Anyone who has read and appreciated To Kill a Mockingbird must know that Harper Lee was a woman ahead of her time. I've heard that the book is many years ahead of its time, and while that is true, I believe that the focus should mainly be on the author herself. I believe that, if possible, she, as a person, would be even more appreciated if this book had come out in this day and age. (Of course To Kill a Mockingbird wouldn't nearly be as popular as it is if it hadn't come out when it did, but imagine the possibility of this book being released in the 2010s.) 
  I think what I'm trying to say is, that since this book was written and released so long ago, it's become overshadowed by the "classic" label, therefore rendering it boring and dry in the eyes of readers. (And only talked about recently because of the whole Go Set a Watchman debacle.) But again, any reader and lover of this story would know that this book is anything but.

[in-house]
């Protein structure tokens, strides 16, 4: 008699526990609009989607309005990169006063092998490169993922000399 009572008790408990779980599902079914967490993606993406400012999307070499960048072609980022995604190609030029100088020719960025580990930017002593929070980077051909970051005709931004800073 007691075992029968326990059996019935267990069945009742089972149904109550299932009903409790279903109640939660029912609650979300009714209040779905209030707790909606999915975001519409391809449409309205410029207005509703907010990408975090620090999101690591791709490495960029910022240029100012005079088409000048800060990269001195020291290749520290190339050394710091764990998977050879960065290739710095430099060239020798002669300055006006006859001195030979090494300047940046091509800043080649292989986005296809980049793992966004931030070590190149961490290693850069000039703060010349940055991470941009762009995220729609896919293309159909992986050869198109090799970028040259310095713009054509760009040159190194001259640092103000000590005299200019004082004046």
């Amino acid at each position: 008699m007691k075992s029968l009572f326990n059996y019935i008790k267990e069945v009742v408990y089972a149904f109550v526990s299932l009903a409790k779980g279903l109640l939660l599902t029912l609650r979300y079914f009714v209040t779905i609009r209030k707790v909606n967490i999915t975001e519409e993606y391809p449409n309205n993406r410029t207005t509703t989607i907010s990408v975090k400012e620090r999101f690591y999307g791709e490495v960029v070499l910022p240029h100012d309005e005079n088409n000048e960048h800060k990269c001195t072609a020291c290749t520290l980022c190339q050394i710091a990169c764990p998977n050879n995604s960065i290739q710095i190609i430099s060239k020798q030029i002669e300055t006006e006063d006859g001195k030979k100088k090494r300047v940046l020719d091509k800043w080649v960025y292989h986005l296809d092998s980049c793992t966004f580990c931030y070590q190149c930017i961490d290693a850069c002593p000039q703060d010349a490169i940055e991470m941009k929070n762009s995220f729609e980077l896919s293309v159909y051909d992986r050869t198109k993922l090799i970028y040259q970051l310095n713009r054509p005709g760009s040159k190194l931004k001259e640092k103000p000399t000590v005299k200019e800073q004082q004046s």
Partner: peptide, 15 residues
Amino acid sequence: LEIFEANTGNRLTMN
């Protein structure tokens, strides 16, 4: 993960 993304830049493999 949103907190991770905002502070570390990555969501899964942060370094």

To Kill a Mockingbird is an absolute masterpiece. Argue all you want, and I will respectfully disagree, but this book is popular for a reason. If extraterrestrials were to fly down to Earth and request a book that humans consider a guide to mankind, To Kill a Mockingbird is it. Why? Because not only does it prove that there are kind people in the world, it shows how awful and unfair we can be as well. This book is real. It's sweet, heartwarming, and it can make you all warm and fuzzy inside, but it doesn't sugar-coat life. To Kill a Mockingbird is well-loved, award-winning, and required reading for a reason. 
  It would be an understatement to say that this reread of mine only solidified that fact. I would say (more likely) that it brought it to life. 
  Another understatement would be to say that To Kill a Mockingbird is just a favorite book of mine. I love and care about many books. I love series I read when I was little, I love young adult books packed solid with romance and violence, and I love independently published books and classics alike. So, I don't think it would be fair to classify this exceptional story as "just a favorite of mine." 
  To Kill a Mockingbird is not just a paper and glue-bound book, it's a guide to life.